Weld County, Colorado - District 4, Rep. Cory Gardner
Never got published after I took this with Instagram over summer
From University of Colorado professor, CU News Corps leader & I-News Network contributor and writer at The Washington Post’s She the People, Sandra Fish.
“should have spent my day grading, but researched and wrote this instead:”
Super PACs and nonprofits funded by the Koch brothers and Karl Rove, along with their barrage of TV ads, got plenty of media attention in the 2012 presidential election.
But Democrats used similar techniques - often on a smaller scale, with different methods and, in the most prominent instance…
The presidential election is over, which means residents of the battlegrounds we have covered for the past several months can join the rest of the states in enjoying attack-ad free commercial breaks and keeping their phones plugged in without risking constant pollster or campaign calls.
It also means the end of our posts here on The 12.
Thank you for following our student journalists’ coverage from the swing states across the country. We’ll see you in 2016.
Awesome pictures from Virginia
All photos by Amber-Lynn Taber for the Commonwealth Times
Even though Virginia wasn’t called in favor of President Barack Obama until after national media outlets began calling the election around midnight, students at Virginia Commonwealth University in Richmond, Va. took to the streets to celebrate Obama’s second term.
The crowd marched in a small circle in the center of VCU’s campus with the cooperation of Richmond police, who blocked off traffic to allow the crowd to move safely.
Richmond and its surrounding counties (like Henrico, which The Post called one of the seven most important counties in the country to win) went to Obama, although Republican stronghold Chesterfield County went for Mitt Romney.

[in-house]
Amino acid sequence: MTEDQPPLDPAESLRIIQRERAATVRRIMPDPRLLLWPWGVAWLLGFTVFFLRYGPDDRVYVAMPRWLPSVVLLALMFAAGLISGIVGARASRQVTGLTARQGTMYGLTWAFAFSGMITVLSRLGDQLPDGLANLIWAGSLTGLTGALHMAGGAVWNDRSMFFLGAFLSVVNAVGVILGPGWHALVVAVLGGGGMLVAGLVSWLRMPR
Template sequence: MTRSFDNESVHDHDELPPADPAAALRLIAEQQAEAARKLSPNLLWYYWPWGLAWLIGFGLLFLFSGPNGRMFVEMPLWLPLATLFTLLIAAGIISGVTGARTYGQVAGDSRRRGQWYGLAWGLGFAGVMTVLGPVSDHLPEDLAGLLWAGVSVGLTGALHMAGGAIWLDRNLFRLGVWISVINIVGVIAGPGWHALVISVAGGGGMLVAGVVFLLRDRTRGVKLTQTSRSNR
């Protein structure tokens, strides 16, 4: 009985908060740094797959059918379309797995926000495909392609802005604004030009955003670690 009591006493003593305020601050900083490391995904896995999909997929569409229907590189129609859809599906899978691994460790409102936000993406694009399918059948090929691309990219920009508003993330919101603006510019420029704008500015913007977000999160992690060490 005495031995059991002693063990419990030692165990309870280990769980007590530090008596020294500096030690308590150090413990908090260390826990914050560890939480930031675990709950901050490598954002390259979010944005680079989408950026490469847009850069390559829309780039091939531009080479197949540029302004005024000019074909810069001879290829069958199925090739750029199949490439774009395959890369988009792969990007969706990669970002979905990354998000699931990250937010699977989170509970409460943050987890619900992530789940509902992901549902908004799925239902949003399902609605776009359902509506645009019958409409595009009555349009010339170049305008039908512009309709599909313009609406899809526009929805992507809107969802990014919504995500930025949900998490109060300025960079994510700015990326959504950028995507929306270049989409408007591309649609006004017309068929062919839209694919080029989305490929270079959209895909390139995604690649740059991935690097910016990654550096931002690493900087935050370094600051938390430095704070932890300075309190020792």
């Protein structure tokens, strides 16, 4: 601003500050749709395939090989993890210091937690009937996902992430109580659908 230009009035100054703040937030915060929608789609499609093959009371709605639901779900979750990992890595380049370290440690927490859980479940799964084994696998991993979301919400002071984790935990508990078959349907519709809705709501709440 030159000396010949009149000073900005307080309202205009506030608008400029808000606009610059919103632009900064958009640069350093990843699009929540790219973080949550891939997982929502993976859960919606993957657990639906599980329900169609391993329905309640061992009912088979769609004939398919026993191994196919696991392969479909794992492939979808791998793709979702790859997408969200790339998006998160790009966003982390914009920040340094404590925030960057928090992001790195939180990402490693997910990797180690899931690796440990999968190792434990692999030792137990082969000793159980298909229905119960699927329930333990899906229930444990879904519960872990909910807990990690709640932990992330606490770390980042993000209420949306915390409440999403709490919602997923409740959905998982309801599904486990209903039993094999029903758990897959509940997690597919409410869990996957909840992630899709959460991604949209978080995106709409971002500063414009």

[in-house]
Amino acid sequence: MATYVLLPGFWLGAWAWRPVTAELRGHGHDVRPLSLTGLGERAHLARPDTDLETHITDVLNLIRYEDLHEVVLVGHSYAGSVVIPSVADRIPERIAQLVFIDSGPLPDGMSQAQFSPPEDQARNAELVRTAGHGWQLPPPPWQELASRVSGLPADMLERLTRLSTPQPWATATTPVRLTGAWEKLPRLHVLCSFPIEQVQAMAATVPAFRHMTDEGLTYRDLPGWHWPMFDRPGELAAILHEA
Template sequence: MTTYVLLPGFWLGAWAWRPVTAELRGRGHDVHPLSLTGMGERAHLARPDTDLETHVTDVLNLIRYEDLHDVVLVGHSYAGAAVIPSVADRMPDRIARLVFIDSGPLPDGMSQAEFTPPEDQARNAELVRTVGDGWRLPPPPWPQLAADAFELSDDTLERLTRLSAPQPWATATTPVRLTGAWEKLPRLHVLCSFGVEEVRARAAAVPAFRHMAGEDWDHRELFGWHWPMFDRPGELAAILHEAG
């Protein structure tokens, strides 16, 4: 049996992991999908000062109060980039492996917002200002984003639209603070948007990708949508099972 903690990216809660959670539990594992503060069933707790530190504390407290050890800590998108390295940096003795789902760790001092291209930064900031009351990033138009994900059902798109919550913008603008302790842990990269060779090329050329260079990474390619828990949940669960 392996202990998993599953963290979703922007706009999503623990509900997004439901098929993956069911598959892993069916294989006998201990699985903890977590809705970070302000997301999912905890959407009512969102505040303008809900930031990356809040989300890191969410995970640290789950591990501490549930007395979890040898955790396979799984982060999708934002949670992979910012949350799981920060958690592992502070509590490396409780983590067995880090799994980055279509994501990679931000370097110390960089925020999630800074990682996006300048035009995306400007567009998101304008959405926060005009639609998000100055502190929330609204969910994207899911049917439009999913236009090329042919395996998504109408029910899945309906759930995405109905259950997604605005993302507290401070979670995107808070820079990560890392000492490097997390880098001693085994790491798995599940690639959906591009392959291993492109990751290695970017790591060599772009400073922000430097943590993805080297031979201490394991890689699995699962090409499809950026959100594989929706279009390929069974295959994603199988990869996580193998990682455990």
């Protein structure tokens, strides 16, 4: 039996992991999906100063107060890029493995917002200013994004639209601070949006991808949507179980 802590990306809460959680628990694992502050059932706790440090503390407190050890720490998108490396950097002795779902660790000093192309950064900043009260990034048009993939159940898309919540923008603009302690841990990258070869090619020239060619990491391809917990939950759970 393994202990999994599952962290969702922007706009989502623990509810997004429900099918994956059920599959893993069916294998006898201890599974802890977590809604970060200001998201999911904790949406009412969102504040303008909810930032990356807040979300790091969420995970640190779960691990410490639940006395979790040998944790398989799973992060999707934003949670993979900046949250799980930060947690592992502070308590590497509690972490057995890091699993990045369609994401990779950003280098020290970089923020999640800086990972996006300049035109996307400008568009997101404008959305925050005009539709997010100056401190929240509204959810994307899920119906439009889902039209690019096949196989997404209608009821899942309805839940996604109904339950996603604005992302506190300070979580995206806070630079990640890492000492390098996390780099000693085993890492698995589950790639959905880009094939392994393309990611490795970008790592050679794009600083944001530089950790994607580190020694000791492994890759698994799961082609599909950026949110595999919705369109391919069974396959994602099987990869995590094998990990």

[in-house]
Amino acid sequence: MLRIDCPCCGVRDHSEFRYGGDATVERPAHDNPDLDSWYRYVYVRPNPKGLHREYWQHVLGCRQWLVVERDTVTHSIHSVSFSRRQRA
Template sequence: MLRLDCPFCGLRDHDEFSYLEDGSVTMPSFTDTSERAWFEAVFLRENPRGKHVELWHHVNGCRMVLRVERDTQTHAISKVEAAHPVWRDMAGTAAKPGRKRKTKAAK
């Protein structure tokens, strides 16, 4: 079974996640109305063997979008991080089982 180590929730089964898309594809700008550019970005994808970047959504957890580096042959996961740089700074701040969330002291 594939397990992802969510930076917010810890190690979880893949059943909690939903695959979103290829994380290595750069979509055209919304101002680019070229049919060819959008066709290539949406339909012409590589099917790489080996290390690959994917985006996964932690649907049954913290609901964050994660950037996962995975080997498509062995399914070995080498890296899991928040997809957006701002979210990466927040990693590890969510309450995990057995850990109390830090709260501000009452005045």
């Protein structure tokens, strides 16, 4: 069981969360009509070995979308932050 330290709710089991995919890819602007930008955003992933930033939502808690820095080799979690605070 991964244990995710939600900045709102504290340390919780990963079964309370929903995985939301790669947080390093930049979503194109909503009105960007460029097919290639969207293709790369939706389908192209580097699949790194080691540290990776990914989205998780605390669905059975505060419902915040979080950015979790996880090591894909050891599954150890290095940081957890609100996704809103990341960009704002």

Richmond city went overwhelmingly for Obama: the Virginia State Board of Elections reports that 77.03 percent of the vote there went for Obama while the remaining 21.4 percent went for Romney.
Denver District Attorney Mitch Morrissey’s office confirmed Monday it had launched a criminal investigation of Secretary of State Scott Gessler on the same afternoon the Colorado Independent Ethics Commission voted to begin an investigation into whether Gessler violated the law by using state funds to attend a partisan event.
Although the allegations against Gessler illustrate mounting pressure on the secretary of state from Democratic groups and leaders, the investigations are unlikely to interfere with the presidential election in Colorado.
Barack Obama will make his third visit to University of Colorado Boulder Thursday afternoon and Mitt Romney will arrive at Fiddler’s Green in Englewood, Colo., Saturday evening.
It will be Obama’s 12th and Romney’s 16th campaign stop in Colorado in 2012. Ann Romney will be accompanying her husband; it is to be her third campaign stop in Colorado this election.
Surrogates are swarming Colorado, a phenomenon that the state has only begun to experience since becoming a battleground state in recent elections. Colorado’s nine electoral college votes may be decided where one of these appearances occur.
For more information on Rep. Jared Polis and Craig Romney’s visits on Monday, see CU Independent’s multimedia article.
Millions of college students will head to the polls on Nov. 6 to cast their vote in the 2012 presidential election, but Ricardo Adams won’t be one of them. By then, his vote will already be cast.
Adams, a junior at Virginia Commonwealth University in Richmond, Va., is currently studying abroad in Vina del Mar, Chile. He’s a part of a bloc of U.S. students overseas whose potential impact on the election is seldom discussed.
Turnout among youth voters overseas has traditionally been inconsistent. Despite improvements made to the absentee registration and voting process, Americans who choose to vote abroad face the prospect of an extended ordeal that begs the question: Is it worth it?